The author’s suggested solution is a “hyperliteracy.”

“The concept of “information literacy” privileges the role of information in learning and teaching” (50). I agree with this but would also argue that this is due to the prior privileging of information and, thus, the problem is much larger than information literacy.

“A hyperliteracy approach draws from and extends two theories of literacy pedagogy: multiliteracies and intermediality [50] Hyperliteracy represents approaches to text, authorship, and knowledge that are located within a postpositivist paradigm. They seek to problematize their own assumptions and practices” (50).

[50] The New London Group, “A Pedagogy of Multiliteracies: Designing Social Futures,” in Multiliteracies, eds. Cope and Kalantzis; and Ladislaus M. Semali and Ann Watts Pailliotet, eds., Intermediality: The Teachers’ Handbook of Critical Media Literacy (Boulder, CO: Westview Press, 1999).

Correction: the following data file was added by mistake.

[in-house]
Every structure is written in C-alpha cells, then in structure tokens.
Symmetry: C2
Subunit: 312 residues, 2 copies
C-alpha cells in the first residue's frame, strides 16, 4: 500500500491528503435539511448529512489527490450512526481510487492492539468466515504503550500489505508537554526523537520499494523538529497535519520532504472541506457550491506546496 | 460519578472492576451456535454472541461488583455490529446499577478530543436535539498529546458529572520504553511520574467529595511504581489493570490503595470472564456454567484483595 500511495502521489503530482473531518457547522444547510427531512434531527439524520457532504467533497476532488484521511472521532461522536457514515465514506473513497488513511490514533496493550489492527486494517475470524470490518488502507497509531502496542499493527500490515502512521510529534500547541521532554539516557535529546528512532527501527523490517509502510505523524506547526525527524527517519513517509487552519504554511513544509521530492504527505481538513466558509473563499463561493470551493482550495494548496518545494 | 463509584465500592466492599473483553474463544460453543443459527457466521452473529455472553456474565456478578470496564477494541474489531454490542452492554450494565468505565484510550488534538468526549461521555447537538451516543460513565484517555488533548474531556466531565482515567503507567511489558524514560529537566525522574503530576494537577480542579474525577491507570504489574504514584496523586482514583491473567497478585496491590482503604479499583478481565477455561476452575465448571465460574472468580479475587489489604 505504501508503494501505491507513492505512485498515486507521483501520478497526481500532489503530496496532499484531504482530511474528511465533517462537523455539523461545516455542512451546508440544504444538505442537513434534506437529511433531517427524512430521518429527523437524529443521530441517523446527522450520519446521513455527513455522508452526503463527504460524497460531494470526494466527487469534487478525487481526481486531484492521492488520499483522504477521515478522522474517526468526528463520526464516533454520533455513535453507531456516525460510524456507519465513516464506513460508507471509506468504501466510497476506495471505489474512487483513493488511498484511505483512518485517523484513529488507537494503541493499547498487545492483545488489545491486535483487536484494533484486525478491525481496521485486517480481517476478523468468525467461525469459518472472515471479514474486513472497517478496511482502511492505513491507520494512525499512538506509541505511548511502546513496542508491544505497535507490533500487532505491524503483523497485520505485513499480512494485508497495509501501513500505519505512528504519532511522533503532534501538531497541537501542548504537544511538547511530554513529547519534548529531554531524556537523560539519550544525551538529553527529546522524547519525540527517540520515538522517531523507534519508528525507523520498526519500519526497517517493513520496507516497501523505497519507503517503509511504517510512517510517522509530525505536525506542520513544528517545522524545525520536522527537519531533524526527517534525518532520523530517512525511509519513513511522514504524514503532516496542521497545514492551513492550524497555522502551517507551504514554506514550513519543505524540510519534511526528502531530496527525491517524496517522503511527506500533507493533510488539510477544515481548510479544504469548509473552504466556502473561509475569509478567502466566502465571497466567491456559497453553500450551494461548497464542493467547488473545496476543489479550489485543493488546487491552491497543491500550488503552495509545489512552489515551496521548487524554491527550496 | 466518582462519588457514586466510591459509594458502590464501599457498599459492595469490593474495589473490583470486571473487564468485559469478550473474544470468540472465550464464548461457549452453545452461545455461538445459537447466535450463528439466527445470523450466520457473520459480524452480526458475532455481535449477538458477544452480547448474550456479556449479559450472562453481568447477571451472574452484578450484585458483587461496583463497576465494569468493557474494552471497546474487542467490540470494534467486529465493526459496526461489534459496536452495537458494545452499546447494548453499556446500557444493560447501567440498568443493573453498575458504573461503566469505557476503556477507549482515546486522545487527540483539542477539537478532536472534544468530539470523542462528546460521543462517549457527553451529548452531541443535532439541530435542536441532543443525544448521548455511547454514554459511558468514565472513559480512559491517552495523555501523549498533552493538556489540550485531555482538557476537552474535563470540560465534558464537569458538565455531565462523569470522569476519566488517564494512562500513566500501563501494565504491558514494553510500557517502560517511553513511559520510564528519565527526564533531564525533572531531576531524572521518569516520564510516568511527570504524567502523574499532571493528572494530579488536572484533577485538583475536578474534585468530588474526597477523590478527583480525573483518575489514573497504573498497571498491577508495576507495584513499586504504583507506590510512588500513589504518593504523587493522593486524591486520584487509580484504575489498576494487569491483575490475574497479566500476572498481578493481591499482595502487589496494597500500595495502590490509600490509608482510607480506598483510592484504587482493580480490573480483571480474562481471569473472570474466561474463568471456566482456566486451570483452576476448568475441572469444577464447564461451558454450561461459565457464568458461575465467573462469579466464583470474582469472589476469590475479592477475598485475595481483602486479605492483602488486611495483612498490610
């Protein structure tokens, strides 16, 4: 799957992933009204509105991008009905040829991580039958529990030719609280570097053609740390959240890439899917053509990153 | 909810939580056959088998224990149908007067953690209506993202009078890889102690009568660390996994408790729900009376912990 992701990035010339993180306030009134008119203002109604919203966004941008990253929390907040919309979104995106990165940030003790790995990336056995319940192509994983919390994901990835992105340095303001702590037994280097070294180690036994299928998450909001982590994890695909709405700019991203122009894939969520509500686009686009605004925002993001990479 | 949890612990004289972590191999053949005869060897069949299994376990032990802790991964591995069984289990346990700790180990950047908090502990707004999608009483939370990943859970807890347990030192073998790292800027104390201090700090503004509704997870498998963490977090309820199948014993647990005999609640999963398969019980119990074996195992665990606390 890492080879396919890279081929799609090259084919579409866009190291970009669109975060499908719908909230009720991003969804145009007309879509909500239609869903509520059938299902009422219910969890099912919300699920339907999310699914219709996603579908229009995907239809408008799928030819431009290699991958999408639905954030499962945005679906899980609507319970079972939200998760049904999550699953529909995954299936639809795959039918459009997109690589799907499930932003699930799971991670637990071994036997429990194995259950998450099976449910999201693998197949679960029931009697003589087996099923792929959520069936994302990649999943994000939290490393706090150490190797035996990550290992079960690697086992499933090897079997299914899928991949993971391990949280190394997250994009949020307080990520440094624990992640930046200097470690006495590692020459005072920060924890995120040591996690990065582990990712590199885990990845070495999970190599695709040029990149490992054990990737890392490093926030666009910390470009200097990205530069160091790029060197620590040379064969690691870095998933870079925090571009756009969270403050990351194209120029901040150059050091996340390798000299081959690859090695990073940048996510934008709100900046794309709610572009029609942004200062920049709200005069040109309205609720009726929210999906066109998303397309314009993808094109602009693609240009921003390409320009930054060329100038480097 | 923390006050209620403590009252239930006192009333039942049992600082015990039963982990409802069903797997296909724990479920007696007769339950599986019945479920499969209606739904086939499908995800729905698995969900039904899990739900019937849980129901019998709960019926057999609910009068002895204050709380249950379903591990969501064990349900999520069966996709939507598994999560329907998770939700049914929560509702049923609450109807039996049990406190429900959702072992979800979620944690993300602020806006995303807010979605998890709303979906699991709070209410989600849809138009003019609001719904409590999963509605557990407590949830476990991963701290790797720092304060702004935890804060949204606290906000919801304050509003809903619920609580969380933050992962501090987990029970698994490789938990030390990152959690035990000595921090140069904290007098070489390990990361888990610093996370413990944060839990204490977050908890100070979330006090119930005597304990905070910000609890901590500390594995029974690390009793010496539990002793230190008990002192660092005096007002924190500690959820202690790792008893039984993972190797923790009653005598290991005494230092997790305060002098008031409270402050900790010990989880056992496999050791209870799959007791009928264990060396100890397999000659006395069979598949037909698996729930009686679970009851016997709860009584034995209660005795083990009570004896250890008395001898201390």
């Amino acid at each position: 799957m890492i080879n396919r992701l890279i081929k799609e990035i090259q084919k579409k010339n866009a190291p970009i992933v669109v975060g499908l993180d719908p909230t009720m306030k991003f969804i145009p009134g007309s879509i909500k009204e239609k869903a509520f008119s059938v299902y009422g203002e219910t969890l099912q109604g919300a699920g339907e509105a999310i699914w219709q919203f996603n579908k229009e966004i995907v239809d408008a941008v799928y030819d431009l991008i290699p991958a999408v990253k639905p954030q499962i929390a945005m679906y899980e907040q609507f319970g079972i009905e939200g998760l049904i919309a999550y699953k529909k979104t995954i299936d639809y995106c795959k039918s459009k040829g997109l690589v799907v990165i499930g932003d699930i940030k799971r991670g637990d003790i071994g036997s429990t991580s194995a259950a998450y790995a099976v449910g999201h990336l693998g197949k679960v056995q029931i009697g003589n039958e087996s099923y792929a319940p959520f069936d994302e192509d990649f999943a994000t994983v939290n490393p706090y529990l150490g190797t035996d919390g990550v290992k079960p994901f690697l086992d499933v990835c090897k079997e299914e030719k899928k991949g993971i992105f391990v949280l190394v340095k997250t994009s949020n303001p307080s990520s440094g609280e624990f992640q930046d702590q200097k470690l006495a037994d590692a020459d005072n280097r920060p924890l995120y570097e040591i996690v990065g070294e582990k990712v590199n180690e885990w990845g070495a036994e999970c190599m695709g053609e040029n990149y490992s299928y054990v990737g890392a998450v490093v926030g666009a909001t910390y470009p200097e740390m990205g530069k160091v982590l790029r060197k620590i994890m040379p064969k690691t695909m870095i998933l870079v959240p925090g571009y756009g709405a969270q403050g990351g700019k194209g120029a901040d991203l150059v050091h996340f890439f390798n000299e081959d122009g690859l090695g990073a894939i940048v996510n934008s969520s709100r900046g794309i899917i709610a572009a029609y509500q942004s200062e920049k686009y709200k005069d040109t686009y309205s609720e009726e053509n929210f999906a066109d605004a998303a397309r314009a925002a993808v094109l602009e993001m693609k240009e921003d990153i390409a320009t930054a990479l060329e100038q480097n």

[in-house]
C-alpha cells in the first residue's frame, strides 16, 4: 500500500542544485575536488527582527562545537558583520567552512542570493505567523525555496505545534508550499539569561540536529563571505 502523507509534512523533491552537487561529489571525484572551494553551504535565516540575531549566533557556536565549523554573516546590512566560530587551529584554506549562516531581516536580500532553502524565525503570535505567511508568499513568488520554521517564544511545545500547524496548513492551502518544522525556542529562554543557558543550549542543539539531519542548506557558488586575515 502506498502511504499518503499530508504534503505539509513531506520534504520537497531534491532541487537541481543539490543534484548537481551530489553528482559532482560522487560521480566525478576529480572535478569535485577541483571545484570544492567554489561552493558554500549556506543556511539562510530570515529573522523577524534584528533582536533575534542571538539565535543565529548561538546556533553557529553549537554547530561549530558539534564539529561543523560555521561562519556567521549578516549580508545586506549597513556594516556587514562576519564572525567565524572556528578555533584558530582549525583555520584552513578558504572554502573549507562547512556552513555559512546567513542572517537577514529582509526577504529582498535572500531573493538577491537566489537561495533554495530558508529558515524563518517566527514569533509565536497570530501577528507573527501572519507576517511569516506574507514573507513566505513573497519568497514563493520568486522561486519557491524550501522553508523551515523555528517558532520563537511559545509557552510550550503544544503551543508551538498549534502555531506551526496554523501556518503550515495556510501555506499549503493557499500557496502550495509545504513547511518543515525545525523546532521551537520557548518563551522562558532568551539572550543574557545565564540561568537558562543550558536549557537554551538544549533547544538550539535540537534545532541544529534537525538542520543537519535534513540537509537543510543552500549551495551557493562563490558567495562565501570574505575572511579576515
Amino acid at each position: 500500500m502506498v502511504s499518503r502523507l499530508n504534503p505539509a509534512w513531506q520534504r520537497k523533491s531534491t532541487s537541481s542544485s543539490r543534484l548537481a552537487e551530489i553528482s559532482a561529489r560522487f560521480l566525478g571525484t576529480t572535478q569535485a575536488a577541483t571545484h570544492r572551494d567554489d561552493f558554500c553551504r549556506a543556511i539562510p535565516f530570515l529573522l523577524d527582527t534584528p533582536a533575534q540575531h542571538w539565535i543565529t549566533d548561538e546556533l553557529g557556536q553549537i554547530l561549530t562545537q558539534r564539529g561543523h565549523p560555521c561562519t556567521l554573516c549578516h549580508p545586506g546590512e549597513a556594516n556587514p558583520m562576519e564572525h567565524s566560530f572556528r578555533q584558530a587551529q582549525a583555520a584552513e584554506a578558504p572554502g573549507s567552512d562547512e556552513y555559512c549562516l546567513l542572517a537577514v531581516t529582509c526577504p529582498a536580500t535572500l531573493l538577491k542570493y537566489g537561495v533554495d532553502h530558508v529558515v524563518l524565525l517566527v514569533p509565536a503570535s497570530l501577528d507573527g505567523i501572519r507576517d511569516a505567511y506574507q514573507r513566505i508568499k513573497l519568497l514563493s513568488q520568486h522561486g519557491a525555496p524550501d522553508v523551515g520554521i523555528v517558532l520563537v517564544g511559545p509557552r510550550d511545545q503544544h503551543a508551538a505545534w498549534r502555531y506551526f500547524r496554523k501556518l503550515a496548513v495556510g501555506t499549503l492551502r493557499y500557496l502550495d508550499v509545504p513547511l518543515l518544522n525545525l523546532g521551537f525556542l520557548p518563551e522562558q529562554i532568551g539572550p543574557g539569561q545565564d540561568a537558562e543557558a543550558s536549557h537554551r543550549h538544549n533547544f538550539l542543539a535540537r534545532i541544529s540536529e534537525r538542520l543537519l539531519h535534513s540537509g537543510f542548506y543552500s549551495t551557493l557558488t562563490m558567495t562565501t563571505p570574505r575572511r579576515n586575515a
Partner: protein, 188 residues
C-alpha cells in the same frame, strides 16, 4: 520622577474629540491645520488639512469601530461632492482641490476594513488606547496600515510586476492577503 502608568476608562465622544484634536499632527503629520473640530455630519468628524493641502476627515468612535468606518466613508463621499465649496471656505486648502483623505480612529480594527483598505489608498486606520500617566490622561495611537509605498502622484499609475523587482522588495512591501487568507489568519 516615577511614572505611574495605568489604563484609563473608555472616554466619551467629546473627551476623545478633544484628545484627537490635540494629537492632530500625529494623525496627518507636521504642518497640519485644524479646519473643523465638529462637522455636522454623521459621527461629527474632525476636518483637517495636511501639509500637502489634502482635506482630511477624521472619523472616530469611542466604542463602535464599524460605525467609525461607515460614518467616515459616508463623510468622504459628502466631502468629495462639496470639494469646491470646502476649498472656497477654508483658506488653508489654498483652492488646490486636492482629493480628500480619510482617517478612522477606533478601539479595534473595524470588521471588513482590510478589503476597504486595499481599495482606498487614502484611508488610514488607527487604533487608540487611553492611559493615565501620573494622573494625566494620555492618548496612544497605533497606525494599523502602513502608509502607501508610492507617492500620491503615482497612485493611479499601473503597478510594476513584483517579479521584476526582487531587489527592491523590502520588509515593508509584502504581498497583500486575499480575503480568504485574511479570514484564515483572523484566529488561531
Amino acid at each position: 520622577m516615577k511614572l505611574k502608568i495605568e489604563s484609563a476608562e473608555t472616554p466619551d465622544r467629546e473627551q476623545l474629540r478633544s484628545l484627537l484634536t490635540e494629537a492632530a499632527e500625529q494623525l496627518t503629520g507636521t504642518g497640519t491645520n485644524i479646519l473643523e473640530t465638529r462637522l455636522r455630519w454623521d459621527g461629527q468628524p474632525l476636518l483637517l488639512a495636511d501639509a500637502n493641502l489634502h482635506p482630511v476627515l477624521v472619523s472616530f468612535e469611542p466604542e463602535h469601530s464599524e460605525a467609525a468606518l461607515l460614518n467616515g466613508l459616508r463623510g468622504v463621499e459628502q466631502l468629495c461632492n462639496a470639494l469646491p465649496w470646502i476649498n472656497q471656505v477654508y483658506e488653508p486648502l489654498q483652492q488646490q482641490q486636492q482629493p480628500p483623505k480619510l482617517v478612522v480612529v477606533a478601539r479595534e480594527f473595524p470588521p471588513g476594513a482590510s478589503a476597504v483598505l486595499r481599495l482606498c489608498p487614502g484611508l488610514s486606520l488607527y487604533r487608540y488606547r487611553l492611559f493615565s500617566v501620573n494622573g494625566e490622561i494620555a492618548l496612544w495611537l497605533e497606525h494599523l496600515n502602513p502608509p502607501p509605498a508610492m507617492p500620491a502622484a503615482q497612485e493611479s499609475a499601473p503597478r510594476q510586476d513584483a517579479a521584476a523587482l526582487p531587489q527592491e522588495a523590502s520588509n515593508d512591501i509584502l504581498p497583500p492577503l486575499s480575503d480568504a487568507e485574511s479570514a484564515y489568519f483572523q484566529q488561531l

If you want more information on this topic see the article or perhaps those sources, which I doubt I will be tracking down. [That is not meant as a statement or critique of those sources but just that this is not my arena for now. At the moment, I am far more interested in the critique of the concept and practice of information literacy than in any suggested cures.]

“Disciplinary logics and rationalities different from those imposed by Aristotle, Melvil Dewey, or the Library of Congress are now possible” (53).

Um, yes. And they have been for *a very long time.*

All in all, I think this article provides a very valuable critique of information literacy and continuing established views of learning, knowledge and atomized information. But its biggest fault lies in the importance that it overly attaches to the poststructuralist/postmodernist critique. This fault does not invalidate the critique in any way, but it does cast a pallor over the rhetoric employed to make its points.